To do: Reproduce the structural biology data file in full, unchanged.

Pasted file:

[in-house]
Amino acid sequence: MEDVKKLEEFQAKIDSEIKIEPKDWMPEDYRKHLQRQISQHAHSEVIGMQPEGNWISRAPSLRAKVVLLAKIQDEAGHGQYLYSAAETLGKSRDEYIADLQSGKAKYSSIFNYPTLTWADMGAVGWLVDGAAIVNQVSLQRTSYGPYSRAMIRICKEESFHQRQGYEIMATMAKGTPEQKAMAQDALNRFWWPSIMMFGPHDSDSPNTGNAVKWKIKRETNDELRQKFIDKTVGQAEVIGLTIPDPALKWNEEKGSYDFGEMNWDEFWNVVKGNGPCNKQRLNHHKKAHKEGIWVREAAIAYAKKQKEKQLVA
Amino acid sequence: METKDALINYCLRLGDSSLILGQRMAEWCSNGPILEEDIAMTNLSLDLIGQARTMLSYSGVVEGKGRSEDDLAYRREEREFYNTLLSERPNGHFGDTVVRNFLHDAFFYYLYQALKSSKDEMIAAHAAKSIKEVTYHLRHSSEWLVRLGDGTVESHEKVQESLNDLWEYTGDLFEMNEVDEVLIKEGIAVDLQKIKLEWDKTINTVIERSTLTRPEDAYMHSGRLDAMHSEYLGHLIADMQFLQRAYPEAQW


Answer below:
[in-house]
Amino acid sequence: MEDVKKLEEFQAKIDSEIKIEPKDWMPEDYRKHLQRQISQHAHSEVIGMQPEGNWISRAPSLRAKVVLLAKIQDEAGHGQYLYSAAETLGKSRDEYIADLQSGKAKYSSIFNYPTLTWADMGAVGWLVDGAAIVNQVSLQRTSYGPYSRAMIRICKEESFHQRQGYEIMATMAKGTPEQKAMAQDALNRFWWPSIMMFGPHDSDSPNTGNAVKWKIKRETNDELRQKFIDKTVGQAEVIGLTIPDPALKWNEEKGSYDFGEMNWDEFWNVVKGNGPCNKQRLNHHKKAHKEGIWVREAAIAYAKKQKEKQLVA
Amino acid sequence: METKDALINYCLRLGDSSLILGQRMAEWCSNGPILEEDIAMTNLSLDLIGQARTMLSYSGVVEGKGRSEDDLAYRREEREFYNTLLSERPNGHFGDTVVRNFLHDAFFYYLYQALKSSKDEMIAAHAAKSIKEVTYHLRHSSEWLVRLGDGTVESHEKVQESLNDLWEYTGDLFEMNEVDEVLIKEGIAVDLQKIKLEWDKTINTVIERSTLTRPEDAYMHSGRLDAMHSEYLGHLIADMQFLQRAYPEAQW